COLLEGE students on the whole are coping well with a blended learning model introduced as a result of the coronavirus pandemic, according to local education officials.
Shetland College UHI principal Jane Lewis said staff are looking to support students “as effectively as we can”.
The college building is currently operating at around 20 per cent of its usual capacity as face-to-face teaching continues to be restricted.
At a meeting of the Shetland College board on Wednesday councillor Emma Macdonald asked how students were coping with the current blended learning model, which involves remote learning.
Lewis said student experience has been a priority for the college.
“The timetable has been arranged so that all students have at least one opportunity a week to come into the college,” she said.
Lewis also said a new student counsellor has “hit the ground running” and is supporting those studying this year.
Acting principal Susan Berry added that this year’s learning experience is something students were not expecting – and do not deserve.
But she said students locally have adapted quite well to the changes, with many finding the flexibility of blending learning useful.
Berry added that the college has been helping out where possible when it comes to technology issues for remote learning.
This includes giving out dongles to allow connections to mobile internet, or providing wording to encourage students to more confidently speak to their service provider.
“Although not ideal, we do have good student engagement across the piece,” Berry said.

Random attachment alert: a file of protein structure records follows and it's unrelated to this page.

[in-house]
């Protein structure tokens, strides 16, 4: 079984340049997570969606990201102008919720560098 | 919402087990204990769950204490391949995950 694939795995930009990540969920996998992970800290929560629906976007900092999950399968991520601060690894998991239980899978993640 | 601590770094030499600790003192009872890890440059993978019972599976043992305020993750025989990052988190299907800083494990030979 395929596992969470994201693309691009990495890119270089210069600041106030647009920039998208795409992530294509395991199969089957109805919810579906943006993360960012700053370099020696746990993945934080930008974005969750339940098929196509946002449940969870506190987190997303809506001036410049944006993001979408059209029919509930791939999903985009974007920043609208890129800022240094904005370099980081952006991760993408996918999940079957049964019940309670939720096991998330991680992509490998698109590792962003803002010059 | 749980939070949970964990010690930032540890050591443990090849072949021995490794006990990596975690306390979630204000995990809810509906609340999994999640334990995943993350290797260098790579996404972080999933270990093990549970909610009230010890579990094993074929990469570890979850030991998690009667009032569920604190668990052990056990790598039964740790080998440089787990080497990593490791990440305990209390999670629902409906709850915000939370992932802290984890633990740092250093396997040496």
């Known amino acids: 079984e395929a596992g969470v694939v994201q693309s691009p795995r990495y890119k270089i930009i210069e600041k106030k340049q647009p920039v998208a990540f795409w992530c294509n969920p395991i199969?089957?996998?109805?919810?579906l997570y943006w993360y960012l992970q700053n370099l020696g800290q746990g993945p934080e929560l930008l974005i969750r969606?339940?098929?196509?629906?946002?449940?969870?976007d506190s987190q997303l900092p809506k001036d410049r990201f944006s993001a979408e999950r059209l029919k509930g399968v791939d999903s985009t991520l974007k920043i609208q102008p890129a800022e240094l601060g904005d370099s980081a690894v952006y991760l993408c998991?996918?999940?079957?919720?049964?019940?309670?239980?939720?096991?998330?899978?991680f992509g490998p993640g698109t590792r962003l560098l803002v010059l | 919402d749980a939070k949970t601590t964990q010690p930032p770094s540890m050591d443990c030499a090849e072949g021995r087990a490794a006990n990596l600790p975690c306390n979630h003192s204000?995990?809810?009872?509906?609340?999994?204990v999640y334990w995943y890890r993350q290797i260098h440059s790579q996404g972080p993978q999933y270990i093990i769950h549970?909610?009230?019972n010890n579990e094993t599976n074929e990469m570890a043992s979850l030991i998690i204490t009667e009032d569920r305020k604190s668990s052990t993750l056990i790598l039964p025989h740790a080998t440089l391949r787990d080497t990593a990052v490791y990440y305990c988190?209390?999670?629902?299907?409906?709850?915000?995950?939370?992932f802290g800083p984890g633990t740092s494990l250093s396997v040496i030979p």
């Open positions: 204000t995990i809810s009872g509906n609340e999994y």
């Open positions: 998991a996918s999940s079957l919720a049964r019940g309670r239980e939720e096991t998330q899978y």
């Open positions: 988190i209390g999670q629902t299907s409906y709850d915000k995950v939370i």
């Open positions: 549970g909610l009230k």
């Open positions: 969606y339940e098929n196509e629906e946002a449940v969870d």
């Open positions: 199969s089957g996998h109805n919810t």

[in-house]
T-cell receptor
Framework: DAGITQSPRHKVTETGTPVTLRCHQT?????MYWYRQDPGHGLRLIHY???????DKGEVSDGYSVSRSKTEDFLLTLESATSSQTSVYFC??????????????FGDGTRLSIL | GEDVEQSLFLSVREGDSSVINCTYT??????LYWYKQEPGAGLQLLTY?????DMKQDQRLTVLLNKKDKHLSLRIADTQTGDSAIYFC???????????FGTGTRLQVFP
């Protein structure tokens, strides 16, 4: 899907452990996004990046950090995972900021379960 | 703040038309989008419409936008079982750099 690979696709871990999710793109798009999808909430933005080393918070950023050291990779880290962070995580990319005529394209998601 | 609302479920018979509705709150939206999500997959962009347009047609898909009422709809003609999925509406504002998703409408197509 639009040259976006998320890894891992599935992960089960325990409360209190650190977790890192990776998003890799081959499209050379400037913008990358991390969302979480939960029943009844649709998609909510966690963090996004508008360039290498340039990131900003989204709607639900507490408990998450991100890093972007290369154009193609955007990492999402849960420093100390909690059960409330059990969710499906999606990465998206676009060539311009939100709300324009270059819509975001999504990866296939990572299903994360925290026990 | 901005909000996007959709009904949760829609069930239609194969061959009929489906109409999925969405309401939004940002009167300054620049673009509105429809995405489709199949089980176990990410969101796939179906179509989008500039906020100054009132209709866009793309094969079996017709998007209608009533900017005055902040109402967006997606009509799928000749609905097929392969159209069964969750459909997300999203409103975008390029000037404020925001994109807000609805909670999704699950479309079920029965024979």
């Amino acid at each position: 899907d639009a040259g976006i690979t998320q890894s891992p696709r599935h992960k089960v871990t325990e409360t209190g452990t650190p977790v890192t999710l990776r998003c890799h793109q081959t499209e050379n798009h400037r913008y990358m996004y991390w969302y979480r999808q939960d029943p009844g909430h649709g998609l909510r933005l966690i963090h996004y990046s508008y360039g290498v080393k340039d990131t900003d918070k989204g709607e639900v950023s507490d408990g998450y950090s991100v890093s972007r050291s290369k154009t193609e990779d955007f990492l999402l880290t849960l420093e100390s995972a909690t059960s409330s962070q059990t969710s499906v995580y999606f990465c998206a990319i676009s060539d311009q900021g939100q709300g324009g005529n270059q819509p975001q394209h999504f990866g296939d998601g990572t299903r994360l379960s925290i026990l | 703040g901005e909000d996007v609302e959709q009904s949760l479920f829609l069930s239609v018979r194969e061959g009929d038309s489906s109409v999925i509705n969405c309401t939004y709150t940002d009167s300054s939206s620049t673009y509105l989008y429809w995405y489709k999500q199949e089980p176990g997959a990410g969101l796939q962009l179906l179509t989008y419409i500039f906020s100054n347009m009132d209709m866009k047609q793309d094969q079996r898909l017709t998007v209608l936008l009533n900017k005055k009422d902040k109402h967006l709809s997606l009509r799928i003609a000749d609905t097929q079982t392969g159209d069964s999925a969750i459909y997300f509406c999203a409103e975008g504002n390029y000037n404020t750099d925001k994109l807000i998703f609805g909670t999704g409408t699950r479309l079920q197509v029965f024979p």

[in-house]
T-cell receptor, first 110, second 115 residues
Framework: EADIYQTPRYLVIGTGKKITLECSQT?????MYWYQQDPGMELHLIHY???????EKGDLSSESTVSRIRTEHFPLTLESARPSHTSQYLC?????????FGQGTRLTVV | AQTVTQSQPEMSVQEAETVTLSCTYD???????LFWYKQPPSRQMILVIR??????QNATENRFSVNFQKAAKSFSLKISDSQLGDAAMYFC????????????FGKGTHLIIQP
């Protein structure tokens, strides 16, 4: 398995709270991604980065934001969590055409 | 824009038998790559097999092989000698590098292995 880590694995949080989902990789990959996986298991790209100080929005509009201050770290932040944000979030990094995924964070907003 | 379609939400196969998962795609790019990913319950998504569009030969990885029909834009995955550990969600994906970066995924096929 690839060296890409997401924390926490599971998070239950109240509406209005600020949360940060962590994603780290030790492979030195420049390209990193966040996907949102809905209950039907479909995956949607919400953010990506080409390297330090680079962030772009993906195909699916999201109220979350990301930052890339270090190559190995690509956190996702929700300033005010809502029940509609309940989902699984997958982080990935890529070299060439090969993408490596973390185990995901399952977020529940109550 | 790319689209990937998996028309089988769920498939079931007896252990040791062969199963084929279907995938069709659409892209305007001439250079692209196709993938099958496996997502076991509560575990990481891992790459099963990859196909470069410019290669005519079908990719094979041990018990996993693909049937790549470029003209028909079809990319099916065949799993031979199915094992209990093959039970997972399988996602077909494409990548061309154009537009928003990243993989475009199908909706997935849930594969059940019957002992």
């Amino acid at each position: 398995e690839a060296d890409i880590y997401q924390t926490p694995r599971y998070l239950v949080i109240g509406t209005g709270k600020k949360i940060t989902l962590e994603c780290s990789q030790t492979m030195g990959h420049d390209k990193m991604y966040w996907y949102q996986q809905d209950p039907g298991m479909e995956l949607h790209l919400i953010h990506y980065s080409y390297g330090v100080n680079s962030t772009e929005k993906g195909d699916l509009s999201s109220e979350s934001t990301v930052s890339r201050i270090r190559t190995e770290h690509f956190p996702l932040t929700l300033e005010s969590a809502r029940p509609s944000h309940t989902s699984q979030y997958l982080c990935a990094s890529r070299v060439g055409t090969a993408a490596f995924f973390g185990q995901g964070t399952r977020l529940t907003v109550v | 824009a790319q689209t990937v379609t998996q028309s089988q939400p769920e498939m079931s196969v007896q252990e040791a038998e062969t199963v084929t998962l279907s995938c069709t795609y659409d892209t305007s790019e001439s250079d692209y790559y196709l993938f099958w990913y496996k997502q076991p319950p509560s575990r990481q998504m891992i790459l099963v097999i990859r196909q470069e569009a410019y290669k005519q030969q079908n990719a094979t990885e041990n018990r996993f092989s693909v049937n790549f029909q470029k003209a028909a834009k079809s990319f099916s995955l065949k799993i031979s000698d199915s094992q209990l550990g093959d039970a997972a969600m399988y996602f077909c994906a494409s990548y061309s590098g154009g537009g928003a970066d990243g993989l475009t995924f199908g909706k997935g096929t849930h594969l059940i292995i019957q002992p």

“There’s some [students] we are spending some additional time with.”
Involved in the process is the Highlands and Islands Students’ Association and partners at the University of the Highlands and Islands.
Councillor Moraig Lyall also questioned if there would be an impact on students completing their courses on time, especially for practical subjects.
Lewis said “we are working extremely hard on that”.
She added that some of the college’s courses are already undertaken completely online, meaning there is a lot of experience in remote learning.
Berry added: “If we are able to maintain our current level of engagement and access to the building then we are confident that students will progress and achieve their courses.”
She said some more practical subjects like hairdressing and construction have been given priority access to college buildings.
Berry added that the picture locally appears to be less troublesome than at some colleges on the mainland.
She said the college was “really quite lucky” to have the workshop space and studio space it has.
Train Shetland’s Kevin Briggs, meanwhile, added that the organisation still continues to engage with apprentices but generally through phone, email or video calls.
Some things have began to ease up though, with mechanic apprentices now able to go down again to Inverness.
Assessors are also set to come up to Shetland, he added.
Feedback from employers involved in apprenticeships has also been positive.
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